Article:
That scene—and the whole book, and everything I’ve ever written—is practically masturbatory. It’s like a Freudian purging of my own inner demons. Jo and Silva are, literally, me having a conversation with myself about questions which haunt me.
The gist of it is: how do you feel fulfilled as a person when you’re stuck flipping burgers (or, in my case, picking parts in a warehouse)? How do you reconcile the legitimately merciless and soul-crushing nature of capitalistically-driven menial labor with a worldview that emphasizes mindful attentiveness in all activities as a means to internally-derived spiritual fulfilment? How do you “take pride” in work which actively erodes your sense of dignity and self-worth? Why “give your all” to a vast, soulless system which doesn’t give a damn about you? But in the same breath: how can you face yourself in the mirror, if you give anything less?
I still don’t know the answers to those questions. Writing Deep Sounding was my way of exploring them.

Your Dialogue is beautiful, a true dance between minds. How do you come up with their speech? Do you get into character and say it out loud, or just jot it all down?

Thanks! So here’s a cool story:
The first draft of Deep Sounding actually had entirely different dialogue. And it was awful. It was written contemporaneously, in a very “real” way, which, in a novel set in the real world, in the modern day, would have read wonderfully. But for a fantasy book about dwarfs, it was just terrible. It clashed against the voice of the prose, it felt weird on the page, and it took some very stubborn and persuasive beta-readers to help me understand that.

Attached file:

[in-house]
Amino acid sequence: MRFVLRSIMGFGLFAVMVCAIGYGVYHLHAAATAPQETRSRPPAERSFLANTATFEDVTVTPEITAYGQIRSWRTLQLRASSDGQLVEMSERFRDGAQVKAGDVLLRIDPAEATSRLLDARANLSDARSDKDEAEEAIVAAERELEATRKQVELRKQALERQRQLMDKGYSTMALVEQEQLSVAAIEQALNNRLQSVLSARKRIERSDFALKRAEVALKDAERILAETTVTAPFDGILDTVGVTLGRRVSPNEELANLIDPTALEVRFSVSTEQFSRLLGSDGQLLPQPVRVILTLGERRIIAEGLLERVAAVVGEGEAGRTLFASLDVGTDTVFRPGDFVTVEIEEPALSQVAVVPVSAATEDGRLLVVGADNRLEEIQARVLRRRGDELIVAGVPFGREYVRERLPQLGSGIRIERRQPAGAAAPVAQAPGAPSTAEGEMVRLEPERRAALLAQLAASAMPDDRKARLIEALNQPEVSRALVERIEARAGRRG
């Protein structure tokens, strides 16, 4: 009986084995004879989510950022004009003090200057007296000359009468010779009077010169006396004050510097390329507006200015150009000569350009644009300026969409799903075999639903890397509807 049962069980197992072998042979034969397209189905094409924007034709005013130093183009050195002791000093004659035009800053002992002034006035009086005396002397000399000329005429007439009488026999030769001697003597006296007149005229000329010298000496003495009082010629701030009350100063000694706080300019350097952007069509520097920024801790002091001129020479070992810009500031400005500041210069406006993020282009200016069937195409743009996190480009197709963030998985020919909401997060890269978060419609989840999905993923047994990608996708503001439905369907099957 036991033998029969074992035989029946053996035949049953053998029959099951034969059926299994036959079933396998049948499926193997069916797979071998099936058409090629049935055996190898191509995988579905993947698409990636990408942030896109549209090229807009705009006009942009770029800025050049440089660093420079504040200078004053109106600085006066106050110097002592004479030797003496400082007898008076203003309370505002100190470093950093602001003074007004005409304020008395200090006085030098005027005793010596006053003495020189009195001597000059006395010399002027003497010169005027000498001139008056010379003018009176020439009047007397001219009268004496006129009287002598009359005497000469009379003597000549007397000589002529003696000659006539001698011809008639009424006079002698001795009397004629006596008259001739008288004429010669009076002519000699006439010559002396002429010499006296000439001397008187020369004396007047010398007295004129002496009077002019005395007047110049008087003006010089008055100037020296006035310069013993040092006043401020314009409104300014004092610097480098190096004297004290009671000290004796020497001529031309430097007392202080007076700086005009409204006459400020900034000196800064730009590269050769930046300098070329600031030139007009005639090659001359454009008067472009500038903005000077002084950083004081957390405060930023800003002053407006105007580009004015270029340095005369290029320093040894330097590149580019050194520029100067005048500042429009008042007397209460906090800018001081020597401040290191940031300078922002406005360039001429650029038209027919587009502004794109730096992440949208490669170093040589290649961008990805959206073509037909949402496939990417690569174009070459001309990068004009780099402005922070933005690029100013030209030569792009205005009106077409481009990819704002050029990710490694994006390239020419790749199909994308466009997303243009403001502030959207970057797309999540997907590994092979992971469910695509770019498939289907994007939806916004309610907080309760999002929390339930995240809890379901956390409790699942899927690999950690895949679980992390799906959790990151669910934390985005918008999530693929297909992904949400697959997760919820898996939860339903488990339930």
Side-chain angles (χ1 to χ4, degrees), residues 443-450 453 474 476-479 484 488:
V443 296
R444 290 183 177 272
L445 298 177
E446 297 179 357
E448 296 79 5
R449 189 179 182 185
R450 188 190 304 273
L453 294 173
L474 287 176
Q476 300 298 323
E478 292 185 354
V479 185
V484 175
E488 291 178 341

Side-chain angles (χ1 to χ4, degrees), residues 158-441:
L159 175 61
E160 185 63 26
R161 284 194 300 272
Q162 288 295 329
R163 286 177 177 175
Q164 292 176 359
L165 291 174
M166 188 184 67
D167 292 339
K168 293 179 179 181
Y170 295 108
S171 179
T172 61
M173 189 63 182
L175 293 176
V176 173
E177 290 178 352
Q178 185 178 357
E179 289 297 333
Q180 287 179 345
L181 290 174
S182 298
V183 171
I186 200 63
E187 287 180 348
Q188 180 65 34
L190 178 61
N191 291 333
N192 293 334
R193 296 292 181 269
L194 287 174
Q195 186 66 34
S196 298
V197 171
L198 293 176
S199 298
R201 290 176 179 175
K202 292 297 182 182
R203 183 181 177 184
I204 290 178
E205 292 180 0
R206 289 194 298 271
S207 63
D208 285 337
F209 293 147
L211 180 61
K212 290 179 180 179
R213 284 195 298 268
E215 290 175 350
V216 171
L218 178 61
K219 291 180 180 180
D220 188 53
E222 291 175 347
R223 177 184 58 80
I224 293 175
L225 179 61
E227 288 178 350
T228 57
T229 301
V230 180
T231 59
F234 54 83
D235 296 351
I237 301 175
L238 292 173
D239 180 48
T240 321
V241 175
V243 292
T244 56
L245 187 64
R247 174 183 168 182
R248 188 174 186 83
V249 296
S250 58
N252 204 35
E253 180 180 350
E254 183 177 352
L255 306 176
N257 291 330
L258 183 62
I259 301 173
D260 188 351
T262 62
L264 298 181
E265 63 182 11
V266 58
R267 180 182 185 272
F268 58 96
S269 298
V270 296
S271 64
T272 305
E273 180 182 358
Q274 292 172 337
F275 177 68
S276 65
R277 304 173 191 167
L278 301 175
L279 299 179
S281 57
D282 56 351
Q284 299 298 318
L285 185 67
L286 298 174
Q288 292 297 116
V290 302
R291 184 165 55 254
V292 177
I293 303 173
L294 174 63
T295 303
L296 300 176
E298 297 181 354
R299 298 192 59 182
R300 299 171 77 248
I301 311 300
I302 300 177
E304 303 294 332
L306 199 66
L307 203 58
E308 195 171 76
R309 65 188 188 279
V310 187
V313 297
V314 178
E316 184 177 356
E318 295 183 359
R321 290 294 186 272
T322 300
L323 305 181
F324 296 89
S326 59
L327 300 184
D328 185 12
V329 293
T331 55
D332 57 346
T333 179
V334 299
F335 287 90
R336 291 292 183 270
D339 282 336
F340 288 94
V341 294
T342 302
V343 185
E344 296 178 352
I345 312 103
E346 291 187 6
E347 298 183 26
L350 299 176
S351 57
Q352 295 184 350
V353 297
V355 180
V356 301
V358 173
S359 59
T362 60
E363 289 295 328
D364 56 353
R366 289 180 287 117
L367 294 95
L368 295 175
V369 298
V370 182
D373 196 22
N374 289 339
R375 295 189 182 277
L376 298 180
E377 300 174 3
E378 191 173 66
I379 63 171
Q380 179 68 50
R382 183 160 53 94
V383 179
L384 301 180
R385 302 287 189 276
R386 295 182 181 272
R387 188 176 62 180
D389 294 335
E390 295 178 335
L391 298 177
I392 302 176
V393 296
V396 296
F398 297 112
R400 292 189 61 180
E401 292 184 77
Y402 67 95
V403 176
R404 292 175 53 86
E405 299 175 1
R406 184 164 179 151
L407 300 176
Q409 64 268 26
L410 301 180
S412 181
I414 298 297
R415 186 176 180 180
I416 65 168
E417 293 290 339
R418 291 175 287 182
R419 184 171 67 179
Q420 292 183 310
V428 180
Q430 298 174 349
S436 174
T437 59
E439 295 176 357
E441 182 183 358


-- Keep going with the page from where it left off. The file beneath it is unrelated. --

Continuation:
So then I went back and re-evaluated. First I had to decide on a common flavor for the dialogue. It was important to me that I be able to convey something close to real conversations (which I often think that extravagant “my liege!” dialogue-style is fundamentally incapable of) but it also had to have a degree of abstraction to it, so it didn’t feel too “modern” and jerk readers out of the story.
In the end, I decided on “Midwestern Coal-Miner”. I said, “If I can’t imagine a line of dialogue coming out of the mouth of a coal-miner in 1950’s Nebraska, I’ll rewrite it.”
So I rewrote every line of dialogue in the book. And I guess it was a good call!
And the moral of that story is: find some good readers who will call you on your pretentious bullshit, and really listen to what they have to say.

If you could give any advice to new writers, what would it be?

Commit. Stop jumping around between projects, stop building castles in the sky, stop plotting 8-volume best selling trilogies which will never come to pass. Pick a project, SHACKLE YOURSELF to the confines of a small, achievable scope, and then throw away the key and make it happen. Five-hundred pages of ideas mean absolutely nothing. But a 500-word short story is something. Ask yourself: are you an “idea guy”, or a writer? And if your answer is the latter, then stop fantasizing about being a ~Writer~ and WRITE SOMETHING. And finish it. And move on to the next thing.

Lastly, do you have a favourite place or time of day to write?

My best work seems to creep out of the shadows between 11:00 at night and 2:00 in the morning. I’m not sure what that says about my lifestyle.

Thank you for all your time, and keep writing!!

Buy Deep Sounding here….


3 thoughts on “Another Fantastic Interview… Brandon Carbaugh, Deep Sounding & Neurotic Cats.

  1. Pingback: Interview with The Best Slice of Pie | The Workbench